There is also £1 billion of support for renters, and Self-employed workers to get the equivalent of statutory sick pay.

Ahmed, drawing attention to the Nigerian proposed integrated policy framework, also stated: “The framework is to be complemented by a fiscal stimulus package to cushion the impact of the crisis on the most vulnerable individuals and communities, financed by concessional borrowings as well as fiscal policy reforms to rationalise tax expenditures, implement the Finance Act, 2019 and propose a Finance Bill, 2020 and other key economic-related laws to institutionalise the reforms.”

On the fiscal stimulus package, the key proposals include re-introducing 2012 corporate tax (exemption of profits) order granting job-creation tax rebates for employers; accelerating construction of over 700km of roads and bridges under the road infrastructure tax credit scheme; promoting consumer-spending, fiscal strategies and policies; accelerating ease of doing business-related fiscal reforms. 

Also speaking on review of fiscal incentives, the Honourable Minister said the fiscal policy coordination is to review sectors that are eligible for pioneer tax holiday incentives under IDITRA; review of fiscal incentives under the national automobile policy; review of process and approvals of import duty exemption certificates; tax expenditure studies and evaluation of a current suite of fiscal incentives.

Apart from also talking about the Finance Act 2019 implementation, she further raised the point about key issues and challenges in achieving sustainable, inclusive and diversified growth and development.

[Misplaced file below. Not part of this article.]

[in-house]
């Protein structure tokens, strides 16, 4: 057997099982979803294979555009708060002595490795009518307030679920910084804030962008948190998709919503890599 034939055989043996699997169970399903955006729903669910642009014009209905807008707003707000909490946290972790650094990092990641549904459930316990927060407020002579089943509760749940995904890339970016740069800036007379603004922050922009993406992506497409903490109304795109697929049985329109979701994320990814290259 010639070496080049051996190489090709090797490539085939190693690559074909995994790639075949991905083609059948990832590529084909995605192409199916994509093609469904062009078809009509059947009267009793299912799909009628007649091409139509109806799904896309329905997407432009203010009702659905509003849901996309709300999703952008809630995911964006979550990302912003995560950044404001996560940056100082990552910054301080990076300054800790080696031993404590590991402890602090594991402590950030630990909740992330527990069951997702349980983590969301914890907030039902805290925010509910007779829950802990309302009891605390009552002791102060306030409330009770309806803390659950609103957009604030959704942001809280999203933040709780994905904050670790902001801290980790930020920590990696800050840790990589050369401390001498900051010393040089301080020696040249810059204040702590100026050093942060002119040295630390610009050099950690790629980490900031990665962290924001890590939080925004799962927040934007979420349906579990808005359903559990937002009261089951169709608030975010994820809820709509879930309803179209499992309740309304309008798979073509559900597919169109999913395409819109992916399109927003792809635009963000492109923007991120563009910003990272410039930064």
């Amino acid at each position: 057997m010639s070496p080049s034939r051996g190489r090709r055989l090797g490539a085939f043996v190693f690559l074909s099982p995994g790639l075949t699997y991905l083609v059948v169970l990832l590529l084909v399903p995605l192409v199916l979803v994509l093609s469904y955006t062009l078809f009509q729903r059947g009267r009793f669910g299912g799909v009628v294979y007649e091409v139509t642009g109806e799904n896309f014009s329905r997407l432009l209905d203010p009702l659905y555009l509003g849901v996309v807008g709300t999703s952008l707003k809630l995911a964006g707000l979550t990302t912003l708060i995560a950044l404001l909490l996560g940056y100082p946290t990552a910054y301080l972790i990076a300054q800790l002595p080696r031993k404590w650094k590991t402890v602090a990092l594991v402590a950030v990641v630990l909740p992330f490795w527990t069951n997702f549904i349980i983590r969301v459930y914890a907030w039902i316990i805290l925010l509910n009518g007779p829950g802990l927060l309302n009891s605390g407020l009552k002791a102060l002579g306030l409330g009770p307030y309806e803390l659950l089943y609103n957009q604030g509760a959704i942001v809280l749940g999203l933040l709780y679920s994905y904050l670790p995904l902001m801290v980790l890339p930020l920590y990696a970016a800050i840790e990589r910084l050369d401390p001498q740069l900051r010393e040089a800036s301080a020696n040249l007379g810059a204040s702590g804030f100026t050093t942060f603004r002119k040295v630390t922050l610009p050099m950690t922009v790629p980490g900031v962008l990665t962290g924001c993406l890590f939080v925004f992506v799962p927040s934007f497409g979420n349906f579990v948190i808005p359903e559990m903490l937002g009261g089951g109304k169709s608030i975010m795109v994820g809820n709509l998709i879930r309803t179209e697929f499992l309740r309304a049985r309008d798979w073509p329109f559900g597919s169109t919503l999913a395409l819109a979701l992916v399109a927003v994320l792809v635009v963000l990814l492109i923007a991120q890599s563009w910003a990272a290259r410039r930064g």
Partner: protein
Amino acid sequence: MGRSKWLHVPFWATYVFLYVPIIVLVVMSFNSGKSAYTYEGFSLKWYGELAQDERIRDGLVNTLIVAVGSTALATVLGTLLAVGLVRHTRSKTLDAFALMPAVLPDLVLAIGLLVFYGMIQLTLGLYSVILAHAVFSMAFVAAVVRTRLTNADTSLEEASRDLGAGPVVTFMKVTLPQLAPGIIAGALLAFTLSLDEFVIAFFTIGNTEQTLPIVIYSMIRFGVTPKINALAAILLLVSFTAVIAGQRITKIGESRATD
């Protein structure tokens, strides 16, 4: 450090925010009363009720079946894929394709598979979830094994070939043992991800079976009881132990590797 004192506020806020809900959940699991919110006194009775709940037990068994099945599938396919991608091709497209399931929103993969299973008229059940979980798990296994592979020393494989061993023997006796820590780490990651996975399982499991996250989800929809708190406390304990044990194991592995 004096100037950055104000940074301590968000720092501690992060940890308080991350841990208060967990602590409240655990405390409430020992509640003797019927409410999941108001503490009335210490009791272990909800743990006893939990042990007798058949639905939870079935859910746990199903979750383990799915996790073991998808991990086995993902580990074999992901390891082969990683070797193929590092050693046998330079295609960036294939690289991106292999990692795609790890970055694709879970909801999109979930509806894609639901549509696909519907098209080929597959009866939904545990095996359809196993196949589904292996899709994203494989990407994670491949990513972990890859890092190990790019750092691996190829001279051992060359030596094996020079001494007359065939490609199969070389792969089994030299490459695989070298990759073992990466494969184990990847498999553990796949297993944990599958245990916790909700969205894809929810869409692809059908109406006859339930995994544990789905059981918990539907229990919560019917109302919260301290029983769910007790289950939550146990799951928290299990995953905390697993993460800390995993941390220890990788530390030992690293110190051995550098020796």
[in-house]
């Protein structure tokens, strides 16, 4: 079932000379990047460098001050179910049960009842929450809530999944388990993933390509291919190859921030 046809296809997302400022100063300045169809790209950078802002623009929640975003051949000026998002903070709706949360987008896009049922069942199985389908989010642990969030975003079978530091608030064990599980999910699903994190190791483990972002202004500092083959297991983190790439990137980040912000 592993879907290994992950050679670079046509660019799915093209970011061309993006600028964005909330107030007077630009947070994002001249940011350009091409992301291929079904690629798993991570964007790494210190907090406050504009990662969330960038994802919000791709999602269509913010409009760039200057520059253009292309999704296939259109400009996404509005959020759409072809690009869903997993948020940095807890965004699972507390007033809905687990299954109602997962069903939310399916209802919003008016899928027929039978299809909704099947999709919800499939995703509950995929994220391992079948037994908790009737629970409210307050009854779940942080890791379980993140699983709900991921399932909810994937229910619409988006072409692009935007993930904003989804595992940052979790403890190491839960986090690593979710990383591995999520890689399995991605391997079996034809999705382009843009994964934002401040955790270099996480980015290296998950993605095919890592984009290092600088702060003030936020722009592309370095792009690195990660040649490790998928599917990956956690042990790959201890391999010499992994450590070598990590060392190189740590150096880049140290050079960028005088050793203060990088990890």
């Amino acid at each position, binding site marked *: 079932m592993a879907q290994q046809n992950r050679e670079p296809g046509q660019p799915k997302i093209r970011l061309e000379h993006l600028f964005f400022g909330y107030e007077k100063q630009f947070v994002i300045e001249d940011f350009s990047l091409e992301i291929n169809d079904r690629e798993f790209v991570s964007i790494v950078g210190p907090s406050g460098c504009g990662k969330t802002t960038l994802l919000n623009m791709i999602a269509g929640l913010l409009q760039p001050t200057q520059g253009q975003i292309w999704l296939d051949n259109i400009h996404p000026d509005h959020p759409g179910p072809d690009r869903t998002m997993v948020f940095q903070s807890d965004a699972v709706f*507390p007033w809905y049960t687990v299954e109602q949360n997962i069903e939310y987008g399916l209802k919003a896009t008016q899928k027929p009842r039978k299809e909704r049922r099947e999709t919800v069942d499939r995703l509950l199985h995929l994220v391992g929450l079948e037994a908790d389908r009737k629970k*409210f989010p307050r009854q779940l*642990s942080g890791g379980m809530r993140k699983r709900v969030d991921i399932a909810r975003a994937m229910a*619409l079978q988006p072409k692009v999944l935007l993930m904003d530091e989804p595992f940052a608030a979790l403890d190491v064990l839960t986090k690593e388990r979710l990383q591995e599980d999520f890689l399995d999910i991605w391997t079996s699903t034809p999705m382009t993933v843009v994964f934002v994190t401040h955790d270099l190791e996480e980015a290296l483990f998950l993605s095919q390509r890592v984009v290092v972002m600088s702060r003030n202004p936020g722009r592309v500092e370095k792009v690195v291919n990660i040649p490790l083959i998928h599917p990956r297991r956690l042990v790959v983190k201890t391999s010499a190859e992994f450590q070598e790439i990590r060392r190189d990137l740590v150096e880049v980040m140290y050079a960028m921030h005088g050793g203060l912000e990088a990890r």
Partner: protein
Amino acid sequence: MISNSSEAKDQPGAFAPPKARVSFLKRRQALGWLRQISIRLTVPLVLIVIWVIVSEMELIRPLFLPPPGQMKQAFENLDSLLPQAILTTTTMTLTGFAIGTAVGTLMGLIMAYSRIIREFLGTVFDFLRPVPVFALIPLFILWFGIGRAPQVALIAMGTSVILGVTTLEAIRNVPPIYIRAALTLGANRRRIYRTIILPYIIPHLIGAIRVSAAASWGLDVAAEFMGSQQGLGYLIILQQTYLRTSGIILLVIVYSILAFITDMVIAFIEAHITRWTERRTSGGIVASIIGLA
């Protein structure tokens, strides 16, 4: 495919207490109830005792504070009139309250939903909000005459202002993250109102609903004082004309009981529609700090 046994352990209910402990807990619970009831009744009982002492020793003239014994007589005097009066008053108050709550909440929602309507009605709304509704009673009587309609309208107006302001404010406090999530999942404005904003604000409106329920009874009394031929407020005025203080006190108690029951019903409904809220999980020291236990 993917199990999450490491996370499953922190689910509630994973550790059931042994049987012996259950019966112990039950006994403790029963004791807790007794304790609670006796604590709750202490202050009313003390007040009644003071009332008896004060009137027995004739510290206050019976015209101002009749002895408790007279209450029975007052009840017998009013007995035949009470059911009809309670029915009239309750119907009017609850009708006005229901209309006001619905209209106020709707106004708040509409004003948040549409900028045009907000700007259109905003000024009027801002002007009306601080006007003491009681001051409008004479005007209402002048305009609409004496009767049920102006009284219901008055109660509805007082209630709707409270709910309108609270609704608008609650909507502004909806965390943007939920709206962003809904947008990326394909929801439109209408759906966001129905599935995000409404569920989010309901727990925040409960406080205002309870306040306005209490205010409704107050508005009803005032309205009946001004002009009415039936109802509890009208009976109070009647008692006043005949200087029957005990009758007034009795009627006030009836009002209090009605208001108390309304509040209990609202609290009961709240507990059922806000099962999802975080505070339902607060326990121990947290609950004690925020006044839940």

She said the key issues and challenges, in her views, are fiscal dependencies on oil revenues (downside risks for oil production and international oil price volatility); prioritising expenditure (especially investments in infrastructure and human capital against fiscal risks from subsidies); and managing inflationary pressures amid faltering growth.

Addressing the impact of external developments (e.g. COVID-19, oil price decline, global trade tensions, African continental free trade agreement, etc.), and key execution priorities, Ahmed also considered stimulation of economic activity to create jobs and increase household consumption; prioritising investments in critical infrastructure and human capital development to unlock latent growth the potential of Nigerians (especially our Youth); accelerating the recovery in Gross Domestic Product (GDP) growth and stemming inflationary pressures; raising revenues and resources to finance critical expenditure, service debt and meet other obligations; increasing oil and non-oil revenues to finance priority capital and recurrent expenditures; and enhancing fiscal consolidation to rebuild fiscal buffers and increase resilience against fiscal shocks.

The Executive, according to the minister, seeks the support and cooperation of the Senate and House of Representatives to meet the emerging national emergency posed by COVID-19 and the oil price decline.

“The Executive’s renewed partnership with the 9th National Assembly will be critical in our efforts to weather the global economic crisis and reposition the Nigerian economy for sustainable, inclusive and diversified growth / development,” she concluded.